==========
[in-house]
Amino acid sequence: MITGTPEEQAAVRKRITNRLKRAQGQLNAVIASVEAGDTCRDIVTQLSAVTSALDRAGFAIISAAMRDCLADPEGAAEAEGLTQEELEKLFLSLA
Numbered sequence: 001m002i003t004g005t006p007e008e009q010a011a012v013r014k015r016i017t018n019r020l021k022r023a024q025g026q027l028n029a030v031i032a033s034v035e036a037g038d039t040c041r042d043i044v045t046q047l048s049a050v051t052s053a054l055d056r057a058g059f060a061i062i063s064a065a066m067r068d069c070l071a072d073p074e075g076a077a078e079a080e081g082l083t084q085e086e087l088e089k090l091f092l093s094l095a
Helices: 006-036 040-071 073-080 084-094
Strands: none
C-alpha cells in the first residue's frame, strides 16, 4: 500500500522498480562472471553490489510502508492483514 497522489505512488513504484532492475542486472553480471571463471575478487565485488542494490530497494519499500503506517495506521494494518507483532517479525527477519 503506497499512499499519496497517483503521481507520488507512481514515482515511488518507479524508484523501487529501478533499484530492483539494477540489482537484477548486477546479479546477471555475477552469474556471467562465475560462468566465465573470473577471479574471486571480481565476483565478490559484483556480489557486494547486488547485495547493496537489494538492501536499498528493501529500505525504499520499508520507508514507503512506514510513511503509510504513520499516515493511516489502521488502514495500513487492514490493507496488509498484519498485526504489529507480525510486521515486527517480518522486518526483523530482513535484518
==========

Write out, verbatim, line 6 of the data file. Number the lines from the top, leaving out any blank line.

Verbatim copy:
C-alpha cells in the first residue's frame, strides 16, 4: 500500500522498480562472471553490489510502508492483514 497522489505512488513504484532492475542486472553480471571463471575478487565485488542494490530497494519499500503506517495506521494494518507483532517479525527477519 503506497499512499499519496497517483503521481507520488507512481514515482515511488518507479524508484523501487529501478533499484530492483539494477540489482537484477548486477546479479546477471555475477552469474556471467562465475560462468566465465573470473577471479574471486571480481565476483565478490559484483556480489557486494547486488547485495547493496537489494538492501536499498528493501529500505525504499520499508520507508514507503512506514510513511503509510504513520499516515493511516489502521488502514495500513487492514490493507496488509498484519498485526504489529507480525510486521515486527517480518522486518526483523530482513535484518